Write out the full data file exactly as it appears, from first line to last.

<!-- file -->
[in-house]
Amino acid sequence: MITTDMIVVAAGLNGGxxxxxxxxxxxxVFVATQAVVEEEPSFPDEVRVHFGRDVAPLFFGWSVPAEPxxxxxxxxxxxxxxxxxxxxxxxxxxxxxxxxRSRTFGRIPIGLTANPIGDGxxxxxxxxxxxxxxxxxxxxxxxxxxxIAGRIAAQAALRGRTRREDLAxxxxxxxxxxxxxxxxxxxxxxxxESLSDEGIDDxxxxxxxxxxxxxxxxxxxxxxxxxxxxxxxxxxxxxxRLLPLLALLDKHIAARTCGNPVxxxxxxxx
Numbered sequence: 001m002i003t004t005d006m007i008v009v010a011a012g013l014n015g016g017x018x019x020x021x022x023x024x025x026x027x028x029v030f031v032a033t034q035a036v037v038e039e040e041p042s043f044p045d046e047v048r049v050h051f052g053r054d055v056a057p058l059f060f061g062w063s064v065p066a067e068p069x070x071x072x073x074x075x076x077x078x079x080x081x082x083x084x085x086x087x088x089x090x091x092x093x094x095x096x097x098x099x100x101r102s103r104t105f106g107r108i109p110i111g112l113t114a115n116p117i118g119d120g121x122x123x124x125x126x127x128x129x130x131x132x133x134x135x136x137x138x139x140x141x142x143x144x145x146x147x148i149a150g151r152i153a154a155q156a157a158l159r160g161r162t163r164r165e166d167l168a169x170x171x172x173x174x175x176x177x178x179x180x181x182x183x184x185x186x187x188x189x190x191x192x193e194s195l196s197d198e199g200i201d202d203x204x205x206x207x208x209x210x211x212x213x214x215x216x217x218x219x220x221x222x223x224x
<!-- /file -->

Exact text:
[in-house]
Amino acid sequence: MITTDMIVVAAGLNGGxxxxxxxxxxxxVFVATQAVVEEEPSFPDEVRVHFGRDVAPLFFGWSVPAEPxxxxxxxxxxxxxxxxxxxxxxxxxxxxxxxxRSRTFGRIPIGLTANPIGDGxxxxxxxxxxxxxxxxxxxxxxxxxxxIAGRIAAQAALRGRTRREDLAxxxxxxxxxxxxxxxxxxxxxxxxESLSDEGIDDxxxxxxxxxxxxxxxxxxxxxxxxxxxxxxxxxxxxxxRLLPLLALLDKHIAARTCGNPVxxxxxxxx
Numbered sequence: 001m002i003t004t005d006m007i008v009v010a011a012g013l014n015g016g017x018x019x020x021x022x023x024x025x026x027x028x029v030f031v032a033t034q035a036v037v038e039e040e041p042s043f044p045d046e047v048r049v050h051f052g053r054d055v056a057p058l059f060f061g062w063s064v065p066a067e068p069x070x071x072x073x074x075x076x077x078x079x080x081x082x083x084x085x086x087x088x089x090x091x092x093x094x095x096x097x098x099x100x101r102s103r104t105f106g107r108i109p110i111g112l113t114a115n116p117i118g119d120g121x122x123x124x125x126x127x128x129x130x131x132x133x134x135x136x137x138x139x140x141x142x143x144x145x146x147x148i149a150g151r152i153a154a155q156a157a158l159r160g161r162t163r164r165e166d167l168a169x170x171x172x173x174x175x176x177x178x179x180x181x182x183x184x185x186x187x188x189x190x191x192x193e194s195l196s197d198e199g200i201d202d203x204x205x206x207x208x209x210x211x212x213x214x215x216x217x218x219x220x221x222x223x224x